Date of Award

Spring 5-17-2013

Degree Type

Dissertation-Restricted

Degree Name

Ph.D.

Degree Program

Financial Economics

Department

Economics and Finance

Major Professor

Naka, Atsuyuki

Second Advisor

Whitney, Gerald

Third Advisor

Davis, James

Fourth Advisor

Wang, Wei

Fifth Advisor

Zirek, Duygu

Abstract

The first part of this dissertation examines the presence of the financial contagion across European stock markets with respect to the Greece sovereign debt crisis by estimating the time-varying conditional correlations of stock returns between Greece and other European countries over 2001 to 2012. We find that the correlations vary over time and reach the peaks in the late 2008 during theU.S.subprime crisis, and in the beginning of 2010 of the height of European debt crisis. Further, the correlations between stock index returns of Greece and Spain, France, Ireland, Netherlands are significantly increased by Greek sovereign credit rating downgrade announcements.

The second part of this dissertation examines the correlations of gold, dollar and U.S. stock returns over 2001 to 2012 using ADCC-GARCH model. The conditional correlations of gold-dollar returns are negative during all sub-sample periods and significantly increase in magnitude during both subprime crisis and sovereign debt crisis. The conditional correlations of gold-stock returns are positive on average over time. However, gold-stock correlation falls below zero during subprime crisis and sovereign debt crisis. Gold-stock correlation is significantly negatively affected by positive CPI announcements. And gold-dollar correlation is significantly negatively affected by negative GDP announcements and positive unemployment announcements. The effects of macroeconomic announcements are stronger during economic recessions.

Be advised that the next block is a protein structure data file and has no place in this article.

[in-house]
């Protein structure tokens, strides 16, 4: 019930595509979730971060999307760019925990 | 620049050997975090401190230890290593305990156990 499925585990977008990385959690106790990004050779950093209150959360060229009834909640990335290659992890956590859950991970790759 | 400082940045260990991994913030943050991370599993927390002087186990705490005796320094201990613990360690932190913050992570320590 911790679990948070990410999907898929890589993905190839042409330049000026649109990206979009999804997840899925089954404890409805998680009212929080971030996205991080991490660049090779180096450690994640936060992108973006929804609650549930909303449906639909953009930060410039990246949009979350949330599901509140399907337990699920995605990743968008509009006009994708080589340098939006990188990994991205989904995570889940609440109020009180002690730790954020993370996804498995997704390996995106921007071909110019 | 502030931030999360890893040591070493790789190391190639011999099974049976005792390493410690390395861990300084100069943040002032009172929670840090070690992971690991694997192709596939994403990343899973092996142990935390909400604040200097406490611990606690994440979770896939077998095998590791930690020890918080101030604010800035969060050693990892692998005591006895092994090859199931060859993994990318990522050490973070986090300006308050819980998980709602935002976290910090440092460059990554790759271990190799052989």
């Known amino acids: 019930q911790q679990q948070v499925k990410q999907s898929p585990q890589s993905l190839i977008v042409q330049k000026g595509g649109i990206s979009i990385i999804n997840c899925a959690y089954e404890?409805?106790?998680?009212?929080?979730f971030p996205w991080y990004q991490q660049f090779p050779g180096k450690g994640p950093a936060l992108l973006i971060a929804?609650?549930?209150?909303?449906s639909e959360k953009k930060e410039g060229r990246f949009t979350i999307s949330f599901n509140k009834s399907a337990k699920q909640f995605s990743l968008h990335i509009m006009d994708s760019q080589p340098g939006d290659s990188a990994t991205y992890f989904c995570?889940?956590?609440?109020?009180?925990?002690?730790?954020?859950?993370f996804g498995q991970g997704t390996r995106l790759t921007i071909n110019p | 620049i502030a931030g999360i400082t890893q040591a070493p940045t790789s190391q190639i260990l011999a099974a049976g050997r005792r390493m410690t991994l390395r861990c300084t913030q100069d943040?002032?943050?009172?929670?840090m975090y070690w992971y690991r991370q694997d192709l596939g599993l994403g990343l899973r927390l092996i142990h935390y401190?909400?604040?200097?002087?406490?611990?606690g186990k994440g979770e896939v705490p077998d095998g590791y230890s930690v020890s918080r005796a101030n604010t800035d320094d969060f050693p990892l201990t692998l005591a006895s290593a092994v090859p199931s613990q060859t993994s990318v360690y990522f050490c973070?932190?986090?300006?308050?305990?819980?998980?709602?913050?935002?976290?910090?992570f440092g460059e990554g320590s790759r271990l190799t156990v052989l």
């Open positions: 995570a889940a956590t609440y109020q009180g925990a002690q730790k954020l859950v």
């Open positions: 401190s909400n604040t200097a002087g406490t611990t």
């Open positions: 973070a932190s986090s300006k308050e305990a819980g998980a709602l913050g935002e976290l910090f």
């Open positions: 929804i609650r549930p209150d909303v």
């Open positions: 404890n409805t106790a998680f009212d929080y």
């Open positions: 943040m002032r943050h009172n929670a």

Rights

The University of New Orleans and its agents retain the non-exclusive license to archive and make accessible this dissertation or thesis in whole or part in all forms of media, now or hereafter known. The author retains all other ownership rights to the copyright of the thesis or dissertation.

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